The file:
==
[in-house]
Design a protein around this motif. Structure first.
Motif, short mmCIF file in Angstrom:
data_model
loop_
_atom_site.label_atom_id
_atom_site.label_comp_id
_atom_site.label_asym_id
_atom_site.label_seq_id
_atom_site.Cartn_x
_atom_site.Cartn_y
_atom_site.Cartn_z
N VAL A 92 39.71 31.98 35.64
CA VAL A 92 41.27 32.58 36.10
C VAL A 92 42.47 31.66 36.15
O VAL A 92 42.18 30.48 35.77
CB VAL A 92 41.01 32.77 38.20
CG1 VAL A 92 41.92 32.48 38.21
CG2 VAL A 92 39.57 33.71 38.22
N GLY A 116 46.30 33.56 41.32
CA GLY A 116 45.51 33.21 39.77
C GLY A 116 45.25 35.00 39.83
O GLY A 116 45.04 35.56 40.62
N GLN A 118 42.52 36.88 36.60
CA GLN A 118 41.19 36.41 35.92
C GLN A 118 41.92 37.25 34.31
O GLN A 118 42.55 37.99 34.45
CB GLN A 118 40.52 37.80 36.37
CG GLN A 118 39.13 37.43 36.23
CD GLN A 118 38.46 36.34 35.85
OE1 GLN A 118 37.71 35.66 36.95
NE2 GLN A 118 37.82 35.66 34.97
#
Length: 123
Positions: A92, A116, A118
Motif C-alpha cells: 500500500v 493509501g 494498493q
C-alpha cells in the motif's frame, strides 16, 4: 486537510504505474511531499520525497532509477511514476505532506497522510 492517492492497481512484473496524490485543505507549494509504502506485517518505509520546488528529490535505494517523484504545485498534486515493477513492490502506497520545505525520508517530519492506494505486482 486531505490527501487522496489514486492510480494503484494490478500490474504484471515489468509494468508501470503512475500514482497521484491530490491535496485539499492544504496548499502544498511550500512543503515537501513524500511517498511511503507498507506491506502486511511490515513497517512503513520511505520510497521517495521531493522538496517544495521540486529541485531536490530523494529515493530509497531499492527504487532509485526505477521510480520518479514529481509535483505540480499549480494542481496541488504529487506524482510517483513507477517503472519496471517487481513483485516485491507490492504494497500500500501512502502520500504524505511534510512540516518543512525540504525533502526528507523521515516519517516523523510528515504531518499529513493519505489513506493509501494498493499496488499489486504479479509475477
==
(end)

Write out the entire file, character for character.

[in-house]
Design a protein around this motif. Structure first.
Motif, short mmCIF file in Angstrom:
data_model
loop_
_atom_site.label_atom_id
_atom_site.label_comp_id
_atom_site.label_asym_id
_atom_site.label_seq_id
_atom_site.Cartn_x
_atom_site.Cartn_y
_atom_site.Cartn_z
N VAL A 92 39.71 31.98 35.64
CA VAL A 92 41.27 32.58 36.10
C VAL A 92 42.47 31.66 36.15
O VAL A 92 42.18 30.48 35.77
CB VAL A 92 41.01 32.77 38.20
CG1 VAL A 92 41.92 32.48 38.21
CG2 VAL A 92 39.57 33.71 38.22
N GLY A 116 46.30 33.56 41.32
CA GLY A 116 45.51 33.21 39.77
C GLY A 116 45.25 35.00 39.83
O GLY A 116 45.04 35.56 40.62
N GLN A 118 42.52 36.88 36.60
CA GLN A 118 41.19 36.41 35.92
C GLN A 118 41.92 37.25 34.31
O GLN A 118 42.55 37.99 34.45
CB GLN A 118 40.52 37.80 36.37
CG GLN A 118 39.13 37.43 36.23
CD GLN A 118 38.46 36.34 35.85
OE1 GLN A 118 37.71 35.66 36.95
NE2 GLN A 118 37.82 35.66 34.97
#
Length: 123
Positions: A92, A116, A118
Motif C-alpha cells: 500500500v 493509501g 494498493q
C-alpha cells in the motif's frame, strides 16, 4: 486537510504505474511531499520525497532509477511514476505532506497522510 492517492492497481512484473496524490485543505507549494509504502506485517518505509520546488528529490535505494517523484504545485498534486515493477513492490502506497520545505525520508517530519492506494505486482 486531505490527501487522496489514486492510480494503484494490478500490474504484471515489468509494468508501470503512475500514482497521484491530490491535496485539499492544504496548499502544498511550500512543503515537501513524500511517498511511503507498507506491506502486511511490515513497517512503513520511505520510497521517495521531493522538496517544495521540486529541485531536490530523494529515493530509497531499492527504487532509485526505477521510480520518479514529481509535483505540480499549480494542481496541488504529487506524482510517483513507477517503472519496471517487481513483485516485491507490492504494497500500500501512502502520500504524505511534510512540516518543512525540504525533502526528507523521515516519517516523523510528515504531518499529513493519505489513506493509501494498493499496488499489486504479479509475477